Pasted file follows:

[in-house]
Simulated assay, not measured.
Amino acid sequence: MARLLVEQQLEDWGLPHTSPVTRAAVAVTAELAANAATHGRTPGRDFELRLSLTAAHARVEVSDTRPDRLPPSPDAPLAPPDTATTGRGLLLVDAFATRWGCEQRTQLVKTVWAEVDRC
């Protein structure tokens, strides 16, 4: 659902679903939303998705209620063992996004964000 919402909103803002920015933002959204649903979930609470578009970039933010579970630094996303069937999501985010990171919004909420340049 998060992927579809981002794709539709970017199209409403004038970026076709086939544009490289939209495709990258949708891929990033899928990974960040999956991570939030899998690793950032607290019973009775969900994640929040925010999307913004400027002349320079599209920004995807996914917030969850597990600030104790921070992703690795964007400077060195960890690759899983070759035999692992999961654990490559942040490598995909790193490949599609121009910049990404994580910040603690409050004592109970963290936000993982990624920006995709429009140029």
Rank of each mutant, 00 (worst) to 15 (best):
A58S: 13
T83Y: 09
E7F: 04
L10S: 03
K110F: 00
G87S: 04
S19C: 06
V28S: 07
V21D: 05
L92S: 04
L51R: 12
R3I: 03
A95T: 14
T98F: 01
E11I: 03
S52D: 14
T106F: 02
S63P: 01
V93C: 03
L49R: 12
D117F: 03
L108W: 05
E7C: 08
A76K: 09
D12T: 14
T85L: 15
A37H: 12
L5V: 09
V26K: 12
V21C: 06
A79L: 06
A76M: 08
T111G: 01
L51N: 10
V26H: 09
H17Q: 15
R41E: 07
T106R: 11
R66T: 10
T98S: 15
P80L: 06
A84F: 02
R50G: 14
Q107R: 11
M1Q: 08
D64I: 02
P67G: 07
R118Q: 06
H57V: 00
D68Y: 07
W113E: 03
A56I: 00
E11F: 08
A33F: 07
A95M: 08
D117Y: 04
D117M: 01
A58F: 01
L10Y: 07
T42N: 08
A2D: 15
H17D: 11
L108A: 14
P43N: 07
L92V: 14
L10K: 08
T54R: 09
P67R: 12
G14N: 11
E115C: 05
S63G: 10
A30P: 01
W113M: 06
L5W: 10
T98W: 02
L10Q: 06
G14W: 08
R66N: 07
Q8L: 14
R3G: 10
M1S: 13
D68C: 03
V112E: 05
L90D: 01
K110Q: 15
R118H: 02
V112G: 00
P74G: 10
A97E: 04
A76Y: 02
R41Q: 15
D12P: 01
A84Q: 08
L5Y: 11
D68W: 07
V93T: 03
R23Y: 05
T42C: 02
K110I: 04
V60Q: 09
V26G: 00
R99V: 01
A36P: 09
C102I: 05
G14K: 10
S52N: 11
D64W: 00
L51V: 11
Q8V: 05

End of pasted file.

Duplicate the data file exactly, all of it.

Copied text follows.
[in-house]
Simulated assay, not measured.
Amino acid sequence: MARLLVEQQLEDWGLPHTSPVTRAAVAVTAELAANAATHGRTPGRDFELRLSLTAAHARVEVSDTRPDRLPPSPDAPLAPPDTATTGRGLLLVDAFATRWGCEQRTQLVKTVWAEVDRC
């Protein structure tokens, strides 16, 4: 659902679903939303998705209620063992996004964000 919402909103803002920015933002959204649903979930609470578009970039933010579970630094996303069937999501985010990171919004909420340049 998060992927579809981002794709539709970017199209409403004038970026076709086939544009490289939209495709990258949708891929990033899928990974960040999956991570939030899998690793950032607290019973009775969900994640929040925010999307913004400027002349320079599209920004995807996914917030969850597990600030104790921070992703690795964007400077060195960890690759899983070759035999692992999961654990490559942040490598995909790193490949599609121009910049990404994580910040603690409050004592109970963290936000993982990624920006995709429009140029």
Rank of each mutant, 00 (worst) to 15 (best):
A58S: 13
T83Y: 09
E7F: 04
L10S: 03
K110F: 00
G87S: 04
S19C: 06
V28S: 07
V21D: 05
L92S: 04
L51R: 12
R3I: 03
A95T: 14
T98F: 01
E11I: 03
S52D: 14
T106F: 02
S63P: 01
V93C: 03
L49R: 12
D117F: 03
L108W: 05
E7C: 08
A76K: 09
D12T: 14
T85L: 15
A37H: 12
L5V: 09
V26K: 12
V21C: 06
A79L: 06
A76M: 08
T111G: 01
L51N: 10
V26H: 09
H17Q: 15
R41E: 07
T106R: 11
R66T: 10
T98S: 15
P80L: 06
A84F: 02
R50G: 14
Q107R: 11
M1Q: 08
D64I: 02
P67G: 07
R118Q: 06
H57V: 00
D68Y: 07
W113E: 03
A56I: 00
E11F: 08
A33F: 07
A95M: 08
D117Y: 04
D117M: 01
A58F: 01
L10Y: 07
T42N: 08
A2D: 15
H17D: 11
L108A: 14
P43N: 07
L92V: 14
L10K: 08
T54R: 09
P67R: 12
G14N: 11
E115C: 05
S63G: 10
A30P: 01
W113M: 06
L5W: 10
T98W: 02
L10Q: 06
G14W: 08
R66N: 07
Q8L: 14
R3G: 10
M1S: 13
D68C: 03
V112E: 05
L90D: 01
K110Q: 15
R118H: 02
V112G: 00
P74G: 10
A97E: 04
A76Y: 02
R41Q: 15
D12P: 01
A84Q: 08
L5Y: 11
D68W: 07
V93T: 03
R23Y: 05
T42C: 02
K110I: 04
V60Q: 09
V26G: 00
R99V: 01
A36P: 09
C102I: 05
G14K: 10
S52N: 11
D64W: 00
L51V: 11
Q8V: 05